Nicola Sturgeon has cleared the way for Scottish National party MPs to back a second EU referendum in a Commons vote, regardless of whether her party’s demands for special conditions such as a guarantee of a new Scottish independence vote are met. Speaking on the first day of her party’s autumn conference in Glasgow, the SNP leader and first minister also indicated her party would seek a guarantee that if  Scotland voted again to remain in the EU while the rest of the UK voted to leave, it would not be forced to accept the result for a second time. She suggested a “double lock”, which would require the support of all four UK nations before Britain could leave the EU. The SNP’s Westminster leader, Ian Blackford, had said on Saturday  that his party could support a second referendum on Brexit if there were a guarantee that Scotland could also hold another vote on independence.

Sky News
Nicola Sturgeon has declared that the SNP’s 35 MPs at Westminster will vote for a so-called “people’s vote” on the outcome of Brexit negotiations. Her announcement, as her party’s conference opens in Glasgow, came as she claimed  
the “shambles of Brexit” has strengthened the case for Scottish independence. Asked in a TV interview about the prospect of no deal on Brexit, she said: “No doubt calls for a second referendum would grow in those circumstances. “I’ve said before we wouldn’t stand in the way of a second referendum. I think SNP MPs would undoubtedly vote for that proposition.”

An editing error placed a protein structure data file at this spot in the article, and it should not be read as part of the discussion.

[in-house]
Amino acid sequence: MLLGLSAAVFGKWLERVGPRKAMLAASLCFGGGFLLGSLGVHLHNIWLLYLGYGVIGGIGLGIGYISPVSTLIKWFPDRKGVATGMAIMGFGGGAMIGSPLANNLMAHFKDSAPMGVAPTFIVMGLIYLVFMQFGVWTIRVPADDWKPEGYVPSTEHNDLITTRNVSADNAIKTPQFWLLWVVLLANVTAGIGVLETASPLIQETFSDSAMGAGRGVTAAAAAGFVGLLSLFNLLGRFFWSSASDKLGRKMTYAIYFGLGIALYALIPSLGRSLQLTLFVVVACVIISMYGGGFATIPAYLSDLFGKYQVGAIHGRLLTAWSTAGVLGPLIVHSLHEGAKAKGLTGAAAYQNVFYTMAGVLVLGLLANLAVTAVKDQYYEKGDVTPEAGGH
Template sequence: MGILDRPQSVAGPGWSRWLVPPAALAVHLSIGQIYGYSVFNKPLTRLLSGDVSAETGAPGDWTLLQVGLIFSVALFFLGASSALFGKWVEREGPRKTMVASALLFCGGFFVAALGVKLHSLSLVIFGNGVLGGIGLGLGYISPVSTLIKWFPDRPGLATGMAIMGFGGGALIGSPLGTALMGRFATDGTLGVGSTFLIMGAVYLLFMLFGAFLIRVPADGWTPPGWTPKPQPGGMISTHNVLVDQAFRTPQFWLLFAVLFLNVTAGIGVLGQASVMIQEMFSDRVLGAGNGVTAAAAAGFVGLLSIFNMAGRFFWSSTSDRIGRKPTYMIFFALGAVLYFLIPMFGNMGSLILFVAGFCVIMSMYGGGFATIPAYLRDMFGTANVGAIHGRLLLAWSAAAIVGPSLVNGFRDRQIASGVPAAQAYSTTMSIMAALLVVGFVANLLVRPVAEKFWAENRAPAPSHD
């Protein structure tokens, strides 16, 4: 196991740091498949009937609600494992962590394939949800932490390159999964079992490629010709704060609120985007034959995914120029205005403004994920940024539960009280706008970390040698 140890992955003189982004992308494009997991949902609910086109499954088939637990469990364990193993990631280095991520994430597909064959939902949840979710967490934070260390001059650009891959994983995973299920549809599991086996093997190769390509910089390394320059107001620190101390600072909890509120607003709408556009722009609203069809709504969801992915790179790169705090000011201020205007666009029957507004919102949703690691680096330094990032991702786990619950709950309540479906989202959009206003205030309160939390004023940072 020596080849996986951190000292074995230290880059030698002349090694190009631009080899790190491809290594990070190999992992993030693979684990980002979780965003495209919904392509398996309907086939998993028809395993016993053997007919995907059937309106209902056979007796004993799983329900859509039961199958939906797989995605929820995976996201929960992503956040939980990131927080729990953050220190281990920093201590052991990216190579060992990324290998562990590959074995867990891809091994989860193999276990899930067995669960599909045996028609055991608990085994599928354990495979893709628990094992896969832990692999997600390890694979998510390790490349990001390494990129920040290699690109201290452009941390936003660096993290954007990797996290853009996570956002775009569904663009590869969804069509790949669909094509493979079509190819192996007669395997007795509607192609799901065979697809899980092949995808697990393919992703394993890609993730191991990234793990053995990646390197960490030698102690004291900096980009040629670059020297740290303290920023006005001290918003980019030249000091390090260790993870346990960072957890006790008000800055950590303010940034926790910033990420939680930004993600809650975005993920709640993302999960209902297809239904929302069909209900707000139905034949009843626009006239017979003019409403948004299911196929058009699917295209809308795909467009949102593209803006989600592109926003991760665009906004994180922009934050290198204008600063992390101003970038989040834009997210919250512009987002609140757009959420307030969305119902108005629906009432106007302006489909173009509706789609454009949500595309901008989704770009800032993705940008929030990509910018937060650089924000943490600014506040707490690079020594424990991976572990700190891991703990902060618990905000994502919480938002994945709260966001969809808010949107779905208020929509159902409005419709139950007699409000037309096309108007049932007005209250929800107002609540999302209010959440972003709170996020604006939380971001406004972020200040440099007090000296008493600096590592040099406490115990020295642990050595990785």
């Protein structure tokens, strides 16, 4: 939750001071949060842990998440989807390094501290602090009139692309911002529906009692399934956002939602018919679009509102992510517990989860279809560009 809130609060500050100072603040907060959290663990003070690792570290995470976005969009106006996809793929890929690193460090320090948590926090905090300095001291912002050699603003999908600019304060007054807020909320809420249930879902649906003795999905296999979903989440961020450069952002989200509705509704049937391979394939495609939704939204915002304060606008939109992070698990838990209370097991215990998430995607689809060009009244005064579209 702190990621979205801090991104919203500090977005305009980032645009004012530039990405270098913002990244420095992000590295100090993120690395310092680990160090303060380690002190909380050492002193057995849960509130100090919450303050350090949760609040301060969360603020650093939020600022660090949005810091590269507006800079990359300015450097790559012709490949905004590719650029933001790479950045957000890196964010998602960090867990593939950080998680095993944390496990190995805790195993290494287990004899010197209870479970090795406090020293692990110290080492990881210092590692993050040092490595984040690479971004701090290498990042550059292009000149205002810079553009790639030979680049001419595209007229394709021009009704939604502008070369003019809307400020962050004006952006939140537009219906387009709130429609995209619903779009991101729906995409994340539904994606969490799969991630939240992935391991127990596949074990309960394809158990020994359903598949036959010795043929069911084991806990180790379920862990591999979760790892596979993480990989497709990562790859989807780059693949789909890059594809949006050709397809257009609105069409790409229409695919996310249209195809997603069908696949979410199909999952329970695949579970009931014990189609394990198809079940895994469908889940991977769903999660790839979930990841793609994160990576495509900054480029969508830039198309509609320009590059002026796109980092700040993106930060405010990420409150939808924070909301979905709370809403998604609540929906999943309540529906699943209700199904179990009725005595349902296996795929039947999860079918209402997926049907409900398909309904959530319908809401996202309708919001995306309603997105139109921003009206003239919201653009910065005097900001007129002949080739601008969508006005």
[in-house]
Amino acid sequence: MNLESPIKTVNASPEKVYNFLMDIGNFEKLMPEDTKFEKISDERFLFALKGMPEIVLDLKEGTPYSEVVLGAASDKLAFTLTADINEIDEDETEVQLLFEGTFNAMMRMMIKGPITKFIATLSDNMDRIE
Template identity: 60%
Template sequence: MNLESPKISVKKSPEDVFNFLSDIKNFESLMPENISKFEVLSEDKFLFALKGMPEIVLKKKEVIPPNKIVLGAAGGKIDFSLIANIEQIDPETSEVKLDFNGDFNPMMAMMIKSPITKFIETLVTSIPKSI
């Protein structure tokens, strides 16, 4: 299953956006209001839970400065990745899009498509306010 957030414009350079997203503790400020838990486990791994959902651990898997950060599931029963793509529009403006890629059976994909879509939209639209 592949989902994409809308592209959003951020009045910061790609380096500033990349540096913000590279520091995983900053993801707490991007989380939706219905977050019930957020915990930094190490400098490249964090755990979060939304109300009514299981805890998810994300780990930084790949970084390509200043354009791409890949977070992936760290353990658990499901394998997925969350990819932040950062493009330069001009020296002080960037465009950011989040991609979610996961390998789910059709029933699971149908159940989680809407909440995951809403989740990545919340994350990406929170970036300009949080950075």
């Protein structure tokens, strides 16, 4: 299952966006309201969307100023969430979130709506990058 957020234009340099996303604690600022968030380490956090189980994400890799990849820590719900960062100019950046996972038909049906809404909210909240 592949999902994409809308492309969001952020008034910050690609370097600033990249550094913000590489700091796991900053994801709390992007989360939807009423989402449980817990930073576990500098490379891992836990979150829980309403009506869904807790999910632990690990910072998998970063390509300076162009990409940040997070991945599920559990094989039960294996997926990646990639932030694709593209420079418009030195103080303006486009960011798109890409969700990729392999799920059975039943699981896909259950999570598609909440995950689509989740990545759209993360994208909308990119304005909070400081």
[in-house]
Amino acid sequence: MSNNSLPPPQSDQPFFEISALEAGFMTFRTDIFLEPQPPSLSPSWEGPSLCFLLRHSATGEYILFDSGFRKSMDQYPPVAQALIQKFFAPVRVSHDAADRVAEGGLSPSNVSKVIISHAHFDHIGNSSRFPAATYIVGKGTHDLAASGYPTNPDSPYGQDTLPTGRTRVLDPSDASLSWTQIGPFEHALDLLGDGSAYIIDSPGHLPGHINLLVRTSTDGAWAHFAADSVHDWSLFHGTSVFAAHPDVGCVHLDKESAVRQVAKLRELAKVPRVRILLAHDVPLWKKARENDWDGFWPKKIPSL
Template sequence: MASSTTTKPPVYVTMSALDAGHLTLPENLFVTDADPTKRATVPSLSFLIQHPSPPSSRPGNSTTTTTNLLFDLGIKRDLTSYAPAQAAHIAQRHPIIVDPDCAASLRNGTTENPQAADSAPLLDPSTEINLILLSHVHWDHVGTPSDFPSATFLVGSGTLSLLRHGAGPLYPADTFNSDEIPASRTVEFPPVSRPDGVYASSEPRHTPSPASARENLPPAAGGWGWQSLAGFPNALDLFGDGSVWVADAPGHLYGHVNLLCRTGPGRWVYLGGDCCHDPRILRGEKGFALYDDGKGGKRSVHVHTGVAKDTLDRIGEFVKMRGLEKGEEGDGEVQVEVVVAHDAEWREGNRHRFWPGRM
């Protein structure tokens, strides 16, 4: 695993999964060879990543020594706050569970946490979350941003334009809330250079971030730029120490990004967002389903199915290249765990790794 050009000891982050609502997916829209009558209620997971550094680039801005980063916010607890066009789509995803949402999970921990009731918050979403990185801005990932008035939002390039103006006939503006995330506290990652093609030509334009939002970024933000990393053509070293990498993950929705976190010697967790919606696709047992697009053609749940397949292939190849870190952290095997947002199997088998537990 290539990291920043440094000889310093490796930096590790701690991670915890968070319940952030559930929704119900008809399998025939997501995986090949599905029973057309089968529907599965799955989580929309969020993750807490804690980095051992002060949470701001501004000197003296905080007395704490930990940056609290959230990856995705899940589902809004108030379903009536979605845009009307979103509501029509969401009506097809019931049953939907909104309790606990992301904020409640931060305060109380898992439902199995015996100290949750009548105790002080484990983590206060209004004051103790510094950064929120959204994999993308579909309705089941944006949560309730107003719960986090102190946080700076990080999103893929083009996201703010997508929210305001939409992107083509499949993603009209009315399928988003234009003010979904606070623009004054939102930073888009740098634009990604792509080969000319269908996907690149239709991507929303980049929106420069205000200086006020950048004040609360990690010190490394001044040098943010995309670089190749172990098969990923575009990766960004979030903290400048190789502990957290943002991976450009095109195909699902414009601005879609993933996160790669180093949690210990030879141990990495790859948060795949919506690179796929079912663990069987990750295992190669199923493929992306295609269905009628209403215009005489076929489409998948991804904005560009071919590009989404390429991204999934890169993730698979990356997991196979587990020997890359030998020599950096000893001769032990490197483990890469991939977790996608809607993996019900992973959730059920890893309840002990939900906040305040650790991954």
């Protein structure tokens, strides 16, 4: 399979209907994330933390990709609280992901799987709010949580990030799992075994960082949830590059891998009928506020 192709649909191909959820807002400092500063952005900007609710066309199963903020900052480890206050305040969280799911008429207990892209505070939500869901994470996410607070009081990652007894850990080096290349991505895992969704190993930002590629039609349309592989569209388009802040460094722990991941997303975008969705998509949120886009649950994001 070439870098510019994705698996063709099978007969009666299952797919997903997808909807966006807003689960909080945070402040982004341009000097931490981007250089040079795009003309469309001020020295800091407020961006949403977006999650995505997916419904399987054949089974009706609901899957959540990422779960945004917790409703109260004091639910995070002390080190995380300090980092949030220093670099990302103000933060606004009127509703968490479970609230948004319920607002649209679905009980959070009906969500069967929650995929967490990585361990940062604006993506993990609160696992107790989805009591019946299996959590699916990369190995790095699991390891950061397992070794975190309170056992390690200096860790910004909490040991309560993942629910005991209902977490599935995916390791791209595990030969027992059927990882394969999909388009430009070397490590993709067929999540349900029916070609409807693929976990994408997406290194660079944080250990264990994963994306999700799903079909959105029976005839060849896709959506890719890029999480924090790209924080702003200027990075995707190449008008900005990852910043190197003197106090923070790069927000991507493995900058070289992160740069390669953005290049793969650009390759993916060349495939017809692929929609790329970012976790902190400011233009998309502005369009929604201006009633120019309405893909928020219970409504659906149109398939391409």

Global warming

Global carbon dioxide emissions must almost halve within 12 years to avoid a catastrophic loss of coral reefs and Arctic ice, intense floods and droughts, according to a UN report. Preventing the worst effects of climate change will require “unprecedented changes in all aspects of society” costing £1.8 trillion a year. The changes include a rapid switch to electric vehicles, huge expansion of renewable energy and closing hundreds of coal-fired power stations. The Intergovernmental Panel on Climate Change (IPCC) said that the global average temperature should be limited to 0.5C in addition to the 1C increase that has already occurred since pre-industrial times.

ITV News
A new UN report has warned that unprecedented changes across all aspects of society are needed in order to limit dangerous global warming. Here are some of the key statistics raised in the report. – Global warming should be limited to 
1.5C rather than 2C to ensure the impacts of climate change, from droughts to rising seas, are less extreme. By 2100, global sea rise levels would be 10cm lower with global warming of 1.5C compared to 2C; Coral reefs would decline by 70-90% with warming of 1.5C, compared to more than 99% with 2C. Human-induced warming reached approximately 1C above pre-industrial levels in 2017The global temperature is currently rising by 0.2C per decade. If the pace of warming continues, the temperature would reach  1.5C around 204020-40% of the global population have experienced more than 1.5C of warming in at least one season.